“Imagination” resembles “Art” except it concentrates on computer imagery instead of practical elements. It works in a similar manner; it conveys a mix of decent facts but remains more style than substance.
During the eight-minute, five-second The Origins of Wanted: Bringing the Graphic Novel to Life, we hear from Platt, Millar, Bekmamvetov, and screenwriters Michael Brandt and Derek Haas. We learn a bit about the adaptation of the source graphic novel and attempts to stay true to the source.
When we hear from Millar, “Origins” proves quite interesting; he offers great notes about his influences and the comic’s roots. The rest of the piece feels more like filler, but there’s enough from Millar to make it worthwhile.
For some filmmaker info, we head to Through the Eyes of Director Timur Bekmamvetov. In this nine-minute, five-second piece, we get details from Bekmamvetov, McAvoy, Jolie, Freeman, Platt, Common, Lemley, Kretschmann, and Millar.
Mostly the featurette just tells us that Bekmamvetov is brilliant. Once again, some interesting shots from the set help redeem the show somewhat, but the content remains forgettable.
Something different arrives with Wanted: Motion Comics. This area runs 13 minutes, 55 seconds as it shows segments from the graphic novel that inspired scenes in the movie.
Why are these called “motion comics”? Because they offer moving, acted-out scenes, not just still frames.
This becomes one of the disc’s more compelling extras, as it’s fun to compare and contrast the graphic novel with the film. For instance, the comic’s Fox shows a heavy Halle Berry influence; she couldn’t look or feel much less like Jolie.
For the final featurette, we go to the 10-minute, one-second The Making of Wanted: The Game. It features GRIN executive producer Emmanuel Marquez, GRIN CEO Bo Andersson, Universal game producer Nick Torchia, Universal executive game producer Pete Wanat, GRIN project manager Saul Gascon, GRIN creative director Pascal Luban, GRIN game designer Alvaro E. Vazquez, GRIN lead animator Jonathan Hodge, GRIN lead level designer Morten Sandholt, and GRIN game director Ulf Andersson.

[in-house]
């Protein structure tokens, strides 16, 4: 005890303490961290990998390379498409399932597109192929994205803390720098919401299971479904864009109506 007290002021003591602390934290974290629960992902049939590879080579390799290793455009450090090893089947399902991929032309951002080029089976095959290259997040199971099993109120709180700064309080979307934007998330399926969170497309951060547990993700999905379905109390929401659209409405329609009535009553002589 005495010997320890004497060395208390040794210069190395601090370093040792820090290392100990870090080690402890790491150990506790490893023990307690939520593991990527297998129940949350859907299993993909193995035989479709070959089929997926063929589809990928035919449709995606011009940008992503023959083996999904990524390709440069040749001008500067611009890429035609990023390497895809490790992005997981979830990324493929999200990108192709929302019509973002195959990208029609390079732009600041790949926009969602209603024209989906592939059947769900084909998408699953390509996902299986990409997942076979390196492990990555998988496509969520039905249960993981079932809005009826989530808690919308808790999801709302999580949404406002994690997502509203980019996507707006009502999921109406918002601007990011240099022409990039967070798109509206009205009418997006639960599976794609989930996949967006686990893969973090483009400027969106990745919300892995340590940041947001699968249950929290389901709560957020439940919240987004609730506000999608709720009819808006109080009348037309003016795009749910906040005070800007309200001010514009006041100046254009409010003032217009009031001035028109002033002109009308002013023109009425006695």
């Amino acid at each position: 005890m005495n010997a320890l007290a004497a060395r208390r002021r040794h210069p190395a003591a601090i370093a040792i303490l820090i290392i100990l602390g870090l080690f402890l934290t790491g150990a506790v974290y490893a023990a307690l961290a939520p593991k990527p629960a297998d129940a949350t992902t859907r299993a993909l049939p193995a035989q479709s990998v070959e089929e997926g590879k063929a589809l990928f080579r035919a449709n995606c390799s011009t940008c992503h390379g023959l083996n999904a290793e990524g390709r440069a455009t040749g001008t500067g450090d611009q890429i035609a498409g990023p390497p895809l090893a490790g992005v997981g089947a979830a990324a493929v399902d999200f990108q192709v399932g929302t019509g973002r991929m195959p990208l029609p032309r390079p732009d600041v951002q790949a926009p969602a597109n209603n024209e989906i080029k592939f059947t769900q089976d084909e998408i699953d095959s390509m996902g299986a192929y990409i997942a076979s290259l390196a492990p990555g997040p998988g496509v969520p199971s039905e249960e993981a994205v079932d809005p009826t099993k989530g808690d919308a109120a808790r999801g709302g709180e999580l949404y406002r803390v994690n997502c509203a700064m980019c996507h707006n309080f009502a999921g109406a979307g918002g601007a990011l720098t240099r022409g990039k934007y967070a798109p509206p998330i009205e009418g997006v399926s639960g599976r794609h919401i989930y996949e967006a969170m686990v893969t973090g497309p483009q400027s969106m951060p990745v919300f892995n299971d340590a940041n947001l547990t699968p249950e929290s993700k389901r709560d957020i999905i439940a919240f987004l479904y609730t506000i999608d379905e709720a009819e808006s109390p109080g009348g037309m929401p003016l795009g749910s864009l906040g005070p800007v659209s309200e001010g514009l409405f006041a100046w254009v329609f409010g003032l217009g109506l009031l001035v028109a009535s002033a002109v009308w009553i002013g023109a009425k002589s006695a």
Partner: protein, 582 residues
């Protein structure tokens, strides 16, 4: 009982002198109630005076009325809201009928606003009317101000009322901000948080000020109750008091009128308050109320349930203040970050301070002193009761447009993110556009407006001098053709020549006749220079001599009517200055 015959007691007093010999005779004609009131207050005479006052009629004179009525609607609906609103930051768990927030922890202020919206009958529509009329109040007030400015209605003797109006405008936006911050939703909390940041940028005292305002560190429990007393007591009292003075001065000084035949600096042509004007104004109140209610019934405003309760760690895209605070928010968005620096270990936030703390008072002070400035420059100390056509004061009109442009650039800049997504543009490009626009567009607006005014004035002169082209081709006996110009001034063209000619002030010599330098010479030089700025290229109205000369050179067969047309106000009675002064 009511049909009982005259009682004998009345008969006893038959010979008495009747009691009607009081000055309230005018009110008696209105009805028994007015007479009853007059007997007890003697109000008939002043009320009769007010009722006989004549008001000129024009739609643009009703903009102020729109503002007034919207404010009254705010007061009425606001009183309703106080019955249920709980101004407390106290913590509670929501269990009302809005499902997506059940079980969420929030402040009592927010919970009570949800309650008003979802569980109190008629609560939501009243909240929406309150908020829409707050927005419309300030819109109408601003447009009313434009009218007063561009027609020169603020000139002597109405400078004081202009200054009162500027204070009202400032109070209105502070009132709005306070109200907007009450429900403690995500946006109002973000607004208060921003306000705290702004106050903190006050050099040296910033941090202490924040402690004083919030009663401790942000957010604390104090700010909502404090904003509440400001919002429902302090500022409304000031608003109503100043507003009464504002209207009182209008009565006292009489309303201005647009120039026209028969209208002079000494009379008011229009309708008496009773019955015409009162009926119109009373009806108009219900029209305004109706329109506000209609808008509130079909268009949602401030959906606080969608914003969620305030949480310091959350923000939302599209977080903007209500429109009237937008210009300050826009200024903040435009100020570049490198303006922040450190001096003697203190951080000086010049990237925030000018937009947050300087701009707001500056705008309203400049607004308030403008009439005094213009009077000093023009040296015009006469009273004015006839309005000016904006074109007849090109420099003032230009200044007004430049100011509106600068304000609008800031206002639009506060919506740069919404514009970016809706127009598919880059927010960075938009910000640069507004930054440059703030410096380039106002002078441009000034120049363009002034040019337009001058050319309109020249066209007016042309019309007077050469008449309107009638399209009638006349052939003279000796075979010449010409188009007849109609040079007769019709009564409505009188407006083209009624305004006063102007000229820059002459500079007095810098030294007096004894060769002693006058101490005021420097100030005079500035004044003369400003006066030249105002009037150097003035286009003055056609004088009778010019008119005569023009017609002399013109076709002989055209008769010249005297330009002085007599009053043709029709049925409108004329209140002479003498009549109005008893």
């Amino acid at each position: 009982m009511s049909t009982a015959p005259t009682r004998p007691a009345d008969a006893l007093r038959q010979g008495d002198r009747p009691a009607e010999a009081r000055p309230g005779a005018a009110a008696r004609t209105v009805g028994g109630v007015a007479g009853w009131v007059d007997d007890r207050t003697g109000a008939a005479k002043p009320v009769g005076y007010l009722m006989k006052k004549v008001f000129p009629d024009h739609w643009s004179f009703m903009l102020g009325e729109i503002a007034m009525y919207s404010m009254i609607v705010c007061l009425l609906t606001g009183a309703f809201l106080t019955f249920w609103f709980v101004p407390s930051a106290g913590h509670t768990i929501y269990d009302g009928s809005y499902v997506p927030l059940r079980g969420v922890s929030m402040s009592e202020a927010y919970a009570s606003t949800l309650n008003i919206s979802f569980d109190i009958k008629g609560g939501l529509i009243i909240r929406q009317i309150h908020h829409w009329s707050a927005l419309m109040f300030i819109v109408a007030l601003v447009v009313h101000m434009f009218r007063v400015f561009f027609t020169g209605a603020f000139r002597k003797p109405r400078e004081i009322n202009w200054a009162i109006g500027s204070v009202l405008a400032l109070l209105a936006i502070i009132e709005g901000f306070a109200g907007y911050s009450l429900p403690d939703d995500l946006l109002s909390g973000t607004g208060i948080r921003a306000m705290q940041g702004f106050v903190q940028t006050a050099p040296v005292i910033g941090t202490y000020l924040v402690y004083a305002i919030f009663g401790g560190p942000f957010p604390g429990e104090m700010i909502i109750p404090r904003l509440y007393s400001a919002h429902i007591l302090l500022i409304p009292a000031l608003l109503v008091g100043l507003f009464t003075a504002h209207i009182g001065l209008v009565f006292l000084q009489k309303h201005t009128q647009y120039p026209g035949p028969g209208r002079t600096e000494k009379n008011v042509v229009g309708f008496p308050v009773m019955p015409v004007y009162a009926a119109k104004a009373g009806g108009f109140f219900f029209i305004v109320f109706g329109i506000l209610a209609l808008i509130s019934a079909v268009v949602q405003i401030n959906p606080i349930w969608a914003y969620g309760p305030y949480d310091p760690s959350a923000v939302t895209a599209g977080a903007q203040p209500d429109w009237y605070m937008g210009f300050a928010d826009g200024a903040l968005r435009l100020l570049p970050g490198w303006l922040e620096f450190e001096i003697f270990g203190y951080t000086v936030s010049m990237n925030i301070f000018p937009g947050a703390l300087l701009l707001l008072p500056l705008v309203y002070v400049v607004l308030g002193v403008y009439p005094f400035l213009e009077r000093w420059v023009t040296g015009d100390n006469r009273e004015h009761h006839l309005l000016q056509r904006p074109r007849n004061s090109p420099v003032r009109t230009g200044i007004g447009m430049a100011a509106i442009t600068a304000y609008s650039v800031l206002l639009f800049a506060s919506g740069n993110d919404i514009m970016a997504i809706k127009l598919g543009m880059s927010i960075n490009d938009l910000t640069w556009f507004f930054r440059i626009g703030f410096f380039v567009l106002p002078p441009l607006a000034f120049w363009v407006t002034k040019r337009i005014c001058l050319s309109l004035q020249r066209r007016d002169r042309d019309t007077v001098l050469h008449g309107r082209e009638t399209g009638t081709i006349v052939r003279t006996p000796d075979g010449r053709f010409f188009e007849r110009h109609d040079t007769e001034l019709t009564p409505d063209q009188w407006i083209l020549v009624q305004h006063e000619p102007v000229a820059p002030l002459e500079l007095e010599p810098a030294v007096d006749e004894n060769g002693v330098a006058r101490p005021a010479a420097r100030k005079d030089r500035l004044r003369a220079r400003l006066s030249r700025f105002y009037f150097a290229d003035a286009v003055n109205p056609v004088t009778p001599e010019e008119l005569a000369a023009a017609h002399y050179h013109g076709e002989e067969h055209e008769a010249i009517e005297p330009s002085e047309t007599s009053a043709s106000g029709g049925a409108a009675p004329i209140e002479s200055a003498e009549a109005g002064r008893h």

They provide some details about the game. In essence, this acts as a long advertisement.
Exclusive to the Blu-ray, U-Control breaks into four domains. “Motion Comics” offers the same graphic novel material seen earlier, but it allows us to easily compare comic to film, which makes it fun.
With “Scene Explorer”, we can view four movie sequences with extra options. It allows us to check these out via story boards, CG previs, and footage from the set. It’s another good addition.
“Assassin Profiles” pops up 14 times during the film. It offers simple “fact sheets” about characters, weapons and locations. It’s not bad, but it’s the least interesting of the “U-Control” elements,
Finally, “Picture-in-Picture” presents shots from the set as well as comments from Millar, Bekmambetov, Jolie, Fangmeier, Kretschmann, Farhat, Brenner, Perepelkin, makeup/hair designer Frances Hannon, supervising location manager Michael Sharp, 2nd unit director Dmitriy Kiselev, composer Danny Elfman, and rigging/wire effects coordinator Kevin Welch.
They provide notes about the graphic novel, story/characters, cast and performances, effects, makeup, stunts/action, sets/locations, camerawork and music.
That’s a good array of topics, but the execution seems a bit lackluster, mainly because many of the PiP sequences are short. This makes the feature frustrating.